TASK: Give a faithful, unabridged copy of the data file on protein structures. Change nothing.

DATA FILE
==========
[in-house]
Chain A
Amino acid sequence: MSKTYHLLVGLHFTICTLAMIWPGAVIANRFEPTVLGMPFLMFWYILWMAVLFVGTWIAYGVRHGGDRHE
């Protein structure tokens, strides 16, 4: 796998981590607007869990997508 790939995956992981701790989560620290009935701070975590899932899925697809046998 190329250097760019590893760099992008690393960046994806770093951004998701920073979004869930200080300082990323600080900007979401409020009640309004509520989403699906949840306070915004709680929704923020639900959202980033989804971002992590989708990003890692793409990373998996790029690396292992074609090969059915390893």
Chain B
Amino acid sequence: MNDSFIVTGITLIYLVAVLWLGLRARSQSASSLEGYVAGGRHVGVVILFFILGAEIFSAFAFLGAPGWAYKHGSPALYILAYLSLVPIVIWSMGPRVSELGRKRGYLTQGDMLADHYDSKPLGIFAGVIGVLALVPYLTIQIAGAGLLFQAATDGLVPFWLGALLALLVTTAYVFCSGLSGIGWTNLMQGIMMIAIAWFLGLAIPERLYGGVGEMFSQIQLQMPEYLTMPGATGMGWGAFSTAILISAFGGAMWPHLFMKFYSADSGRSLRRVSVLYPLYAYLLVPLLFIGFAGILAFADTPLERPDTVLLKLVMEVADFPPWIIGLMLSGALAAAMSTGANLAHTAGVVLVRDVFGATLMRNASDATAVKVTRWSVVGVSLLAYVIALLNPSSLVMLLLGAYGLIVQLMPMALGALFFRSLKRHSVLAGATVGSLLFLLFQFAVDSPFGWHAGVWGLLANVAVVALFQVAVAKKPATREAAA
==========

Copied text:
[in-house]
Chain A
Amino acid sequence: MSKTYHLLVGLHFTICTLAMIWPGAVIANRFEPTVLGMPFLMFWYILWMAVLFVGTWIAYGVRHGGDRHE
């Protein structure tokens, strides 16, 4: 796998981590607007869990997508 790939995956992981701790989560620290009935701070975590899932899925697809046998 190329250097760019590893760099992008690393960046994806770093951004998701920073979004869930200080300082990323600080900007979401409020009640309004509520989403699906949840306070915004709680929704923020639900959202980033989804971002992590989708990003890692793409990373998996790029690396292992074609090969059915390893």
Chain B
Amino acid sequence: MNDSFIVTGITLIYLVAVLWLGLRARSQSASSLEGYVAGGRHVGVVILFFILGAEIFSAFAFLGAPGWAYKHGSPALYILAYLSLVPIVIWSMGPRVSELGRKRGYLTQGDMLADHYDSKPLGIFAGVIGVLALVPYLTIQIAGAGLLFQAATDGLVPFWLGALLALLVTTAYVFCSGLSGIGWTNLMQGIMMIAIAWFLGLAIPERLYGGVGEMFSQIQLQMPEYLTMPGATGMGWGAFSTAILISAFGGAMWPHLFMKFYSADSGRSLRRVSVLYPLYAYLLVPLLFIGFAGILAFADTPLERPDTVLLKLVMEVADFPPWIIGLMLSGALAAAMSTGANLAHTAGVVLVRDVFGATLMRNASDATAVKVTRWSVVGVSLLAYVIALLNPSSLVMLLLGAYGLIVQLMPMALGALFFRSLKRHSVLAGATVGSLLFLLFQFAVDSPFGWHAGVWGLLANVAVVALFQVAVAKKPATREAAA